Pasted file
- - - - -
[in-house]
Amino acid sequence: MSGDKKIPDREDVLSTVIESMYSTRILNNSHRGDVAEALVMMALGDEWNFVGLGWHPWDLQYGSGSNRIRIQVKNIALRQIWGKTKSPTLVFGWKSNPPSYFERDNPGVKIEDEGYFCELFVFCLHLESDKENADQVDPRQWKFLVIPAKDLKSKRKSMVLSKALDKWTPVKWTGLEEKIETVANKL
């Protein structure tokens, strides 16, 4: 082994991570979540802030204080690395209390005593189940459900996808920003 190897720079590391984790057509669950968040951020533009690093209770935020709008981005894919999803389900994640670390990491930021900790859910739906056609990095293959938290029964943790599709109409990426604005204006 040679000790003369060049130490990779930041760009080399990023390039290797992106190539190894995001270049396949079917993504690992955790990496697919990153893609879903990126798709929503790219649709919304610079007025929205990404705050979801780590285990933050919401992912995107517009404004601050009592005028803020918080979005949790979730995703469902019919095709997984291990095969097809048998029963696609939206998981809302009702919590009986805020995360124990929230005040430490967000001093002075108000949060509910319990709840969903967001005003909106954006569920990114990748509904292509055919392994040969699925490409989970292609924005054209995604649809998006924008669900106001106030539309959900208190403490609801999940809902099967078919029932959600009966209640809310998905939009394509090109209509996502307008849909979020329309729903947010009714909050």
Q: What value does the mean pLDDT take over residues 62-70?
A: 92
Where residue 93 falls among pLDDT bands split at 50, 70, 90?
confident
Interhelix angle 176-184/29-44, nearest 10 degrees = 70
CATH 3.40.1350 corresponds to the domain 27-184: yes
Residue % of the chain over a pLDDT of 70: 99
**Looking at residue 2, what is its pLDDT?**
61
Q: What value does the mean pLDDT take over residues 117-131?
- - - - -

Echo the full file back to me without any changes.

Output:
[in-house]
Amino acid sequence: MSGDKKIPDREDVLSTVIESMYSTRILNNSHRGDVAEALVMMALGDEWNFVGLGWHPWDLQYGSGSNRIRIQVKNIALRQIWGKTKSPTLVFGWKSNPPSYFERDNPGVKIEDEGYFCELFVFCLHLESDKENADQVDPRQWKFLVIPAKDLKSKRKSMVLSKALDKWTPVKWTGLEEKIETVANKL
């Protein structure tokens, strides 16, 4: 082994991570979540802030204080690395209390005593189940459900996808920003 190897720079590391984790057509669950968040951020533009690093209770935020709008981005894919999803389900994640670390990491930021900790859910739906056609990095293959938290029964943790599709109409990426604005204006 040679000790003369060049130490990779930041760009080399990023390039290797992106190539190894995001270049396949079917993504690992955790990496697919990153893609879903990126798709929503790219649709919304610079007025929205990404705050979801780590285990933050919401992912995107517009404004601050009592005028803020918080979005949790979730995703469902019919095709997984291990095969097809048998029963696609939206998981809302009702919590009986805020995360124990929230005040430490967000001093002075108000949060509910319990709840969903967001005003909106954006569920990114990748509904292509055919392994040969699925490409989970292609924005054209995604649809998006924008669900106001106030539309959900208190403490609801999940809902099967078919029932959600009966209640809310998905939009394509090109209509996502307008849909979020329309729903947010009714909050």
Q: What value does the mean pLDDT take over residues 62-70?
A: 92
Where residue 93 falls among pLDDT bands split at 50, 70, 90?
confident
Interhelix angle 176-184/29-44, nearest 10 degrees = 70
CATH 3.40.1350 corresponds to the domain 27-184: yes
Residue % of the chain over a pLDDT of 70: 99
**Looking at residue 2, what is its pLDDT?**
61
Q: What value does the mean pLDDT take over residues 117-131?